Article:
People come to these "jams," "singalongs," "song circles," "hoots," - or whatever you want to call them - with different expectations . . . for some, those expectations are based on previous experience and for the newcomers, they may be based on what they have seen at festivals or other events. Or maybe there are no expectations. Our system is rather simple: If we have a very large group, we are likely to use a sign-up sheet; if the group is small (say, under 12 or 15 "performers"), we are likely to go around in a circle. We do NOT use a "free for all" system (i.e., jump in when you feel like it).

If we use a sign-up sheet:

It is everyone's personal responsibility to get his/her name on it (listeners, please don't sign up ... it's rather awkward when you are called on and you don't have a song to share - though you are welcome to request a song). Those who show up late often end up getting fewer turns (it's not fair to those who were there on time for you to expect to "make up" for your absence by taking extra turns). If you have to leave early, be sure that the leader knows so that he/she can make sure you get your turn before you exit (but that doesn't mean that you should get extra turns to make up for the time you will miss by leaving before the end of the evening). 

The leader also works to get all the songs people want to perform scheduled into the format (7:30-9:00ish, break, 9:30ish-11:00) - it is not appropriate for us to just stay longer in the host's home because we have one more song to do! Will everyone get to present the same number of songs? Probably not. If you do a 10-minute piece, chances are the leader will not call on you when there is only a 3-minute time period to fill. But if you don't speak up and you have a song you really want to play, then that is your fault. Often the "sign-up" sheet is abandoned after break if we have lost a large number of people before we resume (then it is likely that the format will go around in a circle or even be a "volunteer if you have something to share" method). Note: if we are going around in a circle and you change seats, do not be surprised if you get missed (however, some people try to get additional turns that way, and that is quite inappropriate!).

How to get "more" turns:

1 - bring singalongs (ideally without a bunch of song sheets for things we've never heard of, unless they are very simple - time is lost when songs sheets are passed around) - try things with easy choruses or songs we all know in keys that are familiar to most (B-flat may be comfortable for the voice, but the autoharpists and dulcimer players may not be very happy).

2 - keep songs within a reasonable time frame (3 to 5 minutes is normal; though there are exceptions for great singalongs that everyone is getting into and involve a lot of breaks for the musicians).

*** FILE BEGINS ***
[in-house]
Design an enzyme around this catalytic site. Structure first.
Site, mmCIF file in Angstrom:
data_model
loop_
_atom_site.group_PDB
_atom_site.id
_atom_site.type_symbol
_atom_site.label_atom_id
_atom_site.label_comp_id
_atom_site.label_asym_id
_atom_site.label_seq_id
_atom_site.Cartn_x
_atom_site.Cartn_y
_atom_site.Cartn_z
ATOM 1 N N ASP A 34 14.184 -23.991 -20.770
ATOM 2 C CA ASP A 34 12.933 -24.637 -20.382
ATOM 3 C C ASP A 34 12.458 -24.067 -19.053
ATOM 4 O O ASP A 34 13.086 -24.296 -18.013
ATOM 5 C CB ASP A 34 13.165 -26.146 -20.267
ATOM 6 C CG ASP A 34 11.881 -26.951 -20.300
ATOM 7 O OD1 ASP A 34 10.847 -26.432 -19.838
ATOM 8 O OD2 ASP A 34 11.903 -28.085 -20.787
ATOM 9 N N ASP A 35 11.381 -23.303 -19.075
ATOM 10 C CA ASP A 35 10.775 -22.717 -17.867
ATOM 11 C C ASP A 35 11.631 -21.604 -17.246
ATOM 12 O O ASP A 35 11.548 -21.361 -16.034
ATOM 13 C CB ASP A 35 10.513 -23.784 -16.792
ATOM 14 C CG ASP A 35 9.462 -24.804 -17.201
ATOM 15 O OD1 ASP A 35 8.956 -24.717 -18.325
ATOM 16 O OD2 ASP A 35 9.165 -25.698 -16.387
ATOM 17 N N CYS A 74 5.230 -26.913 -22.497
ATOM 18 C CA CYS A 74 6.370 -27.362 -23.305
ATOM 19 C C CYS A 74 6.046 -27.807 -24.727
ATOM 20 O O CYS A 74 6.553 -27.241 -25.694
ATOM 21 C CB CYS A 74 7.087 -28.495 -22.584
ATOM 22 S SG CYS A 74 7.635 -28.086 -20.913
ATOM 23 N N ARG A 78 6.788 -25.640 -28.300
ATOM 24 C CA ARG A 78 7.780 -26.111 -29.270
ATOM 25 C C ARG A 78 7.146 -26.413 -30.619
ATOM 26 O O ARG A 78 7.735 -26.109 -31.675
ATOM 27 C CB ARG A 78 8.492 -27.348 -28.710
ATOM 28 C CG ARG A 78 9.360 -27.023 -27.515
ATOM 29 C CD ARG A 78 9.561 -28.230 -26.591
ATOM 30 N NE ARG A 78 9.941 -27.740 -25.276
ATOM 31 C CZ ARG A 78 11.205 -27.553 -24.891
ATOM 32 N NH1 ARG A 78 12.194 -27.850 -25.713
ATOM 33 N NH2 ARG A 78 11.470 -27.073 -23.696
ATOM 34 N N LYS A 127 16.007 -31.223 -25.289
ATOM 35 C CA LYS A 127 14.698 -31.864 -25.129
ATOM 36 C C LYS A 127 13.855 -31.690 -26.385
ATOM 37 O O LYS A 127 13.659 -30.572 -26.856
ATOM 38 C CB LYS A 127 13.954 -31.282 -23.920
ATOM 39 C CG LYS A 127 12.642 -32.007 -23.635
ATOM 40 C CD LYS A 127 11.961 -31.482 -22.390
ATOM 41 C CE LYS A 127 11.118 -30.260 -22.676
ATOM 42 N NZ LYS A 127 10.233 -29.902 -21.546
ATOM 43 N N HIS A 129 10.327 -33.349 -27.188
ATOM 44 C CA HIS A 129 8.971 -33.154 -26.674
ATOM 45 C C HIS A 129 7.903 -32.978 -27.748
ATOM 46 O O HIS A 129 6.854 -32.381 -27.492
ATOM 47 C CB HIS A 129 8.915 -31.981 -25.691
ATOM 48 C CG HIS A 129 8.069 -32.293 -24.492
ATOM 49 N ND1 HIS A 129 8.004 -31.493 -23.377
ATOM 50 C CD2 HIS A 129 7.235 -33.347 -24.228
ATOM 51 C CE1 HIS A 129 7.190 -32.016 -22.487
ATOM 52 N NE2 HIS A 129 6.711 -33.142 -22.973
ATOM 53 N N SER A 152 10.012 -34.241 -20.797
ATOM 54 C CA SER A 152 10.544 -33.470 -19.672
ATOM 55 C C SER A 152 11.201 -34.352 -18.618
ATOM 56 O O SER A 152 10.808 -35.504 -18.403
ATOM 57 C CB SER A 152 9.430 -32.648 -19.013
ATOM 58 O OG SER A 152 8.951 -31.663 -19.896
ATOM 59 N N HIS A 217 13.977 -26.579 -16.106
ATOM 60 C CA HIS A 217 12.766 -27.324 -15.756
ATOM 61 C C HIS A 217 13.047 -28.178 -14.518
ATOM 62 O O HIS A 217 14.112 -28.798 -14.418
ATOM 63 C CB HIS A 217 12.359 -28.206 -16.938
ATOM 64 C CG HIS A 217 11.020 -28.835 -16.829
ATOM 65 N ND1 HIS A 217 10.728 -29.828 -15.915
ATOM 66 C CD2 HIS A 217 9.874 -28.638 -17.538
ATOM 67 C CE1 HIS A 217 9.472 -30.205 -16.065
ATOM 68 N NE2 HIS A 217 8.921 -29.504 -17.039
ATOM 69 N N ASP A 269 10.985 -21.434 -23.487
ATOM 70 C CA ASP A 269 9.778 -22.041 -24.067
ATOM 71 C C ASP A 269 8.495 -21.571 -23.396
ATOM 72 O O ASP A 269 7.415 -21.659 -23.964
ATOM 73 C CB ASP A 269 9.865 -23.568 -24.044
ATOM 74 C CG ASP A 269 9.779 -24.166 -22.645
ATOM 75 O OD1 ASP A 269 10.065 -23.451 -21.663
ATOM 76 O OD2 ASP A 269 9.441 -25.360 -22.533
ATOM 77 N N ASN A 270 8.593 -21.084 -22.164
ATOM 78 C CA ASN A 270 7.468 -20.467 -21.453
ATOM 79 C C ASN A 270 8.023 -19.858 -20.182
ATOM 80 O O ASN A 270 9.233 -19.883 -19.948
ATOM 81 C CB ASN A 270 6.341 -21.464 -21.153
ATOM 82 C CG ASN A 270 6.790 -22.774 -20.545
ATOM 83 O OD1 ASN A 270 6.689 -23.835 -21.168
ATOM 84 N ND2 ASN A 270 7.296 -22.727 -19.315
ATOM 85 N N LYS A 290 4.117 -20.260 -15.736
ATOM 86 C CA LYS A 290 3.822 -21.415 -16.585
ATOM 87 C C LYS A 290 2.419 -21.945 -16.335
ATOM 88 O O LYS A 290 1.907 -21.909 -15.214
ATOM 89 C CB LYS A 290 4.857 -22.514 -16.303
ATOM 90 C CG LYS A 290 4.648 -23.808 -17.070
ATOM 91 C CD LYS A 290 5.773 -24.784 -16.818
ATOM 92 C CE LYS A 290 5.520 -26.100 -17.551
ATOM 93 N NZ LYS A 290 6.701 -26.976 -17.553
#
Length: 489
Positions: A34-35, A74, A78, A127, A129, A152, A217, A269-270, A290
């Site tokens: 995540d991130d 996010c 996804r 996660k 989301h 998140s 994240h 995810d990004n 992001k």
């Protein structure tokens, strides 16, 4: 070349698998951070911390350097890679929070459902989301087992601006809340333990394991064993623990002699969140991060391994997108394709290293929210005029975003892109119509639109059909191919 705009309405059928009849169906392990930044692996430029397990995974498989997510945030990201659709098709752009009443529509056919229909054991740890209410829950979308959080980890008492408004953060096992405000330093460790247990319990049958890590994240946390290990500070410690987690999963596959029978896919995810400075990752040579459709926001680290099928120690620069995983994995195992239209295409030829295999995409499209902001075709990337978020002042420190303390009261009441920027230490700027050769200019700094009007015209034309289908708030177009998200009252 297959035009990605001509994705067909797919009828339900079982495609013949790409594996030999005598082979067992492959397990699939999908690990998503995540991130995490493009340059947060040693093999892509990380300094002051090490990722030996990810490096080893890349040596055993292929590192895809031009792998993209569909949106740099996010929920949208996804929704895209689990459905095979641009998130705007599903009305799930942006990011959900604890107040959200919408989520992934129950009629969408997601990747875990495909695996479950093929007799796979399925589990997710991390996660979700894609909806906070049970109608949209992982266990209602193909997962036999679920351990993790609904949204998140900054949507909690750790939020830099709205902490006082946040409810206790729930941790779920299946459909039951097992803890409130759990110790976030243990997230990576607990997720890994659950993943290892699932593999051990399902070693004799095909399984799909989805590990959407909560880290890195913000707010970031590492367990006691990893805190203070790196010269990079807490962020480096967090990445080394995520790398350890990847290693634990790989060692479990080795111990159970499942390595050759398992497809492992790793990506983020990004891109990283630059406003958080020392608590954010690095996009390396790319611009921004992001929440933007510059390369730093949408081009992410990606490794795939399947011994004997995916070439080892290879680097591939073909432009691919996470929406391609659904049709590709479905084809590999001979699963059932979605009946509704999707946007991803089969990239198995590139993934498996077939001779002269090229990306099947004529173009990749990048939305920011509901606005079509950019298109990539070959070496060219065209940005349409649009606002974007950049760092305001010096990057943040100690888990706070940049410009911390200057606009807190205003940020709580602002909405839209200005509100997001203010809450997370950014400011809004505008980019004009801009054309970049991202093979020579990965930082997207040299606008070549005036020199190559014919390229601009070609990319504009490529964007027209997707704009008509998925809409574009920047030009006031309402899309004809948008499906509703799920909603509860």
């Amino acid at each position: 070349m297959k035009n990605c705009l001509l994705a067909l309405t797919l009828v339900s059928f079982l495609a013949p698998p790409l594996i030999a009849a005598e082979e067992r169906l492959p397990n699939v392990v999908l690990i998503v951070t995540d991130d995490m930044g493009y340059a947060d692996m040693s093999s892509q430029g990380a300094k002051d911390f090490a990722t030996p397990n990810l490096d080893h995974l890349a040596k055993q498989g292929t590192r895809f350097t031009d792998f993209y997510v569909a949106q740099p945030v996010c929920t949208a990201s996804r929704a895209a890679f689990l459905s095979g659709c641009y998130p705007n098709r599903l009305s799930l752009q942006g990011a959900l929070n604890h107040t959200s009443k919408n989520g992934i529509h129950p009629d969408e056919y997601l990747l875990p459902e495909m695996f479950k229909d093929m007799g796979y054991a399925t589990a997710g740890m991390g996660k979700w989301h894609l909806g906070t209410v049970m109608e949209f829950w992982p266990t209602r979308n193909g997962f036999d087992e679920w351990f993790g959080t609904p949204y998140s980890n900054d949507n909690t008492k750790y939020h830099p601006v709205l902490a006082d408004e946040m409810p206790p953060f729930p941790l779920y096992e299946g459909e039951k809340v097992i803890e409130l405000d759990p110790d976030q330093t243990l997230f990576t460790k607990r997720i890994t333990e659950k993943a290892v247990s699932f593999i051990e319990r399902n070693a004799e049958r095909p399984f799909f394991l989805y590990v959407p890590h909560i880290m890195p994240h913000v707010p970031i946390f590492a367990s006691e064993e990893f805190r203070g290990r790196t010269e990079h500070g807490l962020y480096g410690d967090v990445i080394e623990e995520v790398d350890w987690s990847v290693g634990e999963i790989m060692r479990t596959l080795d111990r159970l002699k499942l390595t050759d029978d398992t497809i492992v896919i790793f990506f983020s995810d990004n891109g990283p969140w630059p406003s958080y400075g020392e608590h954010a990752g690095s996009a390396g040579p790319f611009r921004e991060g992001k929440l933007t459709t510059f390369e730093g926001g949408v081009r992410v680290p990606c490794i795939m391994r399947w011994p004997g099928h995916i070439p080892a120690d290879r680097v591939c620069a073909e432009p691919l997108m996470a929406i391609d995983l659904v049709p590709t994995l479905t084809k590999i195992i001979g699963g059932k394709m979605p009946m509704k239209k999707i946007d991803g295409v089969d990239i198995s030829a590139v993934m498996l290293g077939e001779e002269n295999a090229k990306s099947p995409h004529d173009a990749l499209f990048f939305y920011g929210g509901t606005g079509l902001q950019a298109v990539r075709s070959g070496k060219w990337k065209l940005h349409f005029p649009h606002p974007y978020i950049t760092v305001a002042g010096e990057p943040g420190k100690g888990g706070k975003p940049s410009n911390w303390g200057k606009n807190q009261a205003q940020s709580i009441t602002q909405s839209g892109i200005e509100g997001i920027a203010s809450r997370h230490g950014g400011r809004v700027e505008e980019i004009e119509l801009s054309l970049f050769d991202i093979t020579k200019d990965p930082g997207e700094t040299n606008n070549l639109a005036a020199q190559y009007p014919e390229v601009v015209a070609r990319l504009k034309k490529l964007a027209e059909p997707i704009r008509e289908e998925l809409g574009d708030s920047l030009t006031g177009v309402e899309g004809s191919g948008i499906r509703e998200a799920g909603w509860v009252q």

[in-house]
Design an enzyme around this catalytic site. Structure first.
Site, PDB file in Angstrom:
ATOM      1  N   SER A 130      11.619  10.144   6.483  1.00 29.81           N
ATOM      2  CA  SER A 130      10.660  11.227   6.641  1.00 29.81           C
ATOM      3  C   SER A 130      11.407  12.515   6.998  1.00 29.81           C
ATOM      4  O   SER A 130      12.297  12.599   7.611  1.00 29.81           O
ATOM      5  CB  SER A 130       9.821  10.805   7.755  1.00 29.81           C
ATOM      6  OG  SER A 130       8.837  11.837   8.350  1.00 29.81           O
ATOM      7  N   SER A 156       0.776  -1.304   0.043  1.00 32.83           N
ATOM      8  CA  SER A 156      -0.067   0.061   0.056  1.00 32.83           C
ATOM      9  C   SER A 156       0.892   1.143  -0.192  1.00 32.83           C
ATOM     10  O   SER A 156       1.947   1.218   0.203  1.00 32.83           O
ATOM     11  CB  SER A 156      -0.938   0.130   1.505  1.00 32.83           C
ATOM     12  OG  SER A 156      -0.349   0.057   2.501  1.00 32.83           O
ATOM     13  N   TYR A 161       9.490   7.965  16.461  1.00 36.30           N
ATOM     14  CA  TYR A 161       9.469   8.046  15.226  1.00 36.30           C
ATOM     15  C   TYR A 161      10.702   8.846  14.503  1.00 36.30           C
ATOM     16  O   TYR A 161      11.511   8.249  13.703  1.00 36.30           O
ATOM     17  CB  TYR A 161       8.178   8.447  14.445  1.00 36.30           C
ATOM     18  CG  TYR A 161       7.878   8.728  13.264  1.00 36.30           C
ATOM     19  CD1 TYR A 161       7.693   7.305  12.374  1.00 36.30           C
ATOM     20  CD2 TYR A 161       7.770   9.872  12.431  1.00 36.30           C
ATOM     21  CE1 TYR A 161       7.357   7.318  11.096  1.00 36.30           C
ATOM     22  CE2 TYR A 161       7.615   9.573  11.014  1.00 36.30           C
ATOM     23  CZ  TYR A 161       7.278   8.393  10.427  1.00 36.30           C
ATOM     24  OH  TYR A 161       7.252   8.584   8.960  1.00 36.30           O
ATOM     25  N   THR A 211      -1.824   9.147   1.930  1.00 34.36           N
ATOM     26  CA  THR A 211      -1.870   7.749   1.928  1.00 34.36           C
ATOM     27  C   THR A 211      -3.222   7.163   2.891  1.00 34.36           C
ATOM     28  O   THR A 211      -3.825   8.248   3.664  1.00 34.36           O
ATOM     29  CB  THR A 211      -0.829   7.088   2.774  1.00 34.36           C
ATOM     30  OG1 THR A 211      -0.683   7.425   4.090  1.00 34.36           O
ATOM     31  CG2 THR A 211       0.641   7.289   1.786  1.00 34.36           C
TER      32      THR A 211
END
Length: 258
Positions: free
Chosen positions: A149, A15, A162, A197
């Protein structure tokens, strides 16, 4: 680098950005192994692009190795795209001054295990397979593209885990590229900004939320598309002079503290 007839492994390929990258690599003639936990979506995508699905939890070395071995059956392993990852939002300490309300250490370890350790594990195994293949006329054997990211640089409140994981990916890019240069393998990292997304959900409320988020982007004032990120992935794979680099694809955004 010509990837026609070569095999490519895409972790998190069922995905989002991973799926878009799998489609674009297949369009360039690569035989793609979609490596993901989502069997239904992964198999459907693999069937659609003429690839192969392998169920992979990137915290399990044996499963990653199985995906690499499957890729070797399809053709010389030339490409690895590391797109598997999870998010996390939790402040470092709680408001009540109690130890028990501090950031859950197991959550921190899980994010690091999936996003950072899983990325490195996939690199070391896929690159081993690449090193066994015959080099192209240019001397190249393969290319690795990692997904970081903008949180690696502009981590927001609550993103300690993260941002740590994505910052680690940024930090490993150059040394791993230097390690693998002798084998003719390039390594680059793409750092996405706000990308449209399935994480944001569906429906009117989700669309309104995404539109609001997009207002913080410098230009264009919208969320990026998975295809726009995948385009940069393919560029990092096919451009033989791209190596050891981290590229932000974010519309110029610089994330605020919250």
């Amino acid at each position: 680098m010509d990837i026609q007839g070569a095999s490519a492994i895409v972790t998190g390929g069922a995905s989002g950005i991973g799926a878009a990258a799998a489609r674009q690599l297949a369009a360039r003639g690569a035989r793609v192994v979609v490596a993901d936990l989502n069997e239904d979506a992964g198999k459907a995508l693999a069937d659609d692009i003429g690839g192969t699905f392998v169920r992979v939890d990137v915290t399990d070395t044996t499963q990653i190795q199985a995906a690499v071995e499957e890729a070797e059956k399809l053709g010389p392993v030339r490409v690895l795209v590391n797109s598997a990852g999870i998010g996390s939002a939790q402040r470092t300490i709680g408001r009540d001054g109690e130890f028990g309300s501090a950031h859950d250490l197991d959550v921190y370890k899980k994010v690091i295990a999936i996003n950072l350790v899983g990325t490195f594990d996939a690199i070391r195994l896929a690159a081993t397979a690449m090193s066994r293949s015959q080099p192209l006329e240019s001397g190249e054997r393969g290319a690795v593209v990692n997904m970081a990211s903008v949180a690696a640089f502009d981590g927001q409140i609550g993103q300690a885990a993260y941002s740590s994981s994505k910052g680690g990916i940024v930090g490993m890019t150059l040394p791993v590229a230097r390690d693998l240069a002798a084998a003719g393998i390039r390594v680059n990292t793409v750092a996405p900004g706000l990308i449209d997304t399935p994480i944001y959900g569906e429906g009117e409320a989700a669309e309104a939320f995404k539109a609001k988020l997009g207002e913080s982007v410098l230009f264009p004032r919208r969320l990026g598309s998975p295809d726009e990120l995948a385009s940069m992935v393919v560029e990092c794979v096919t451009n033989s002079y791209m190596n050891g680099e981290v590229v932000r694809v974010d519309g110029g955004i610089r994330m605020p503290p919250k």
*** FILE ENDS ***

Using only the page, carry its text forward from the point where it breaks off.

3 - don't tell us you are unprepared or that you have nothing for the theme (the leader will likely skip over you since you have already told us that you aren't in a position to be part of the group).

4 - be a good sport, even if you have a "better" version of the song that was just presented, keep that to yourself (note: if the theme is "summer," it's a good bet that at least 3 people will come with "Summertime"; consider alternatives for that eventuality).

5 - keep your intro within reason (we do not need to know every bit of history about the song; but some background is interesting and may add to the understanding of the lyrics - especially how it fits the theme); rule of thumb: if the intro is longer than the song, it is too long!

6 - communicate: do you want people to play along? (if so, be sure to tell us the key) Note to musicians: "playing along" does not mean hogging the spotlight - unless you have been expressly given a break, your involvement should not be louder than the person who is presenting the piece (exception: when the presenter makes it clear that it is a total group effort, not "his/her song" or that he/she is lost and is looking for help).

Most people who attend these are coming to share their selections and that is their primary interest. There is nothing wrong with that and we especially welcome newcomers who are interested in getting practice playing for and with a group. However, please be considerate of everyone else: refrain from noisy searching through your music selections while others are playing or getting up to leave when someone else is playing just because your turn is done. 

When people work together to support, network, and enjoy the activity, these music gatherings can put us on a "high" that will last for days. Let's all do our part to make the experience uplifting for everyone!

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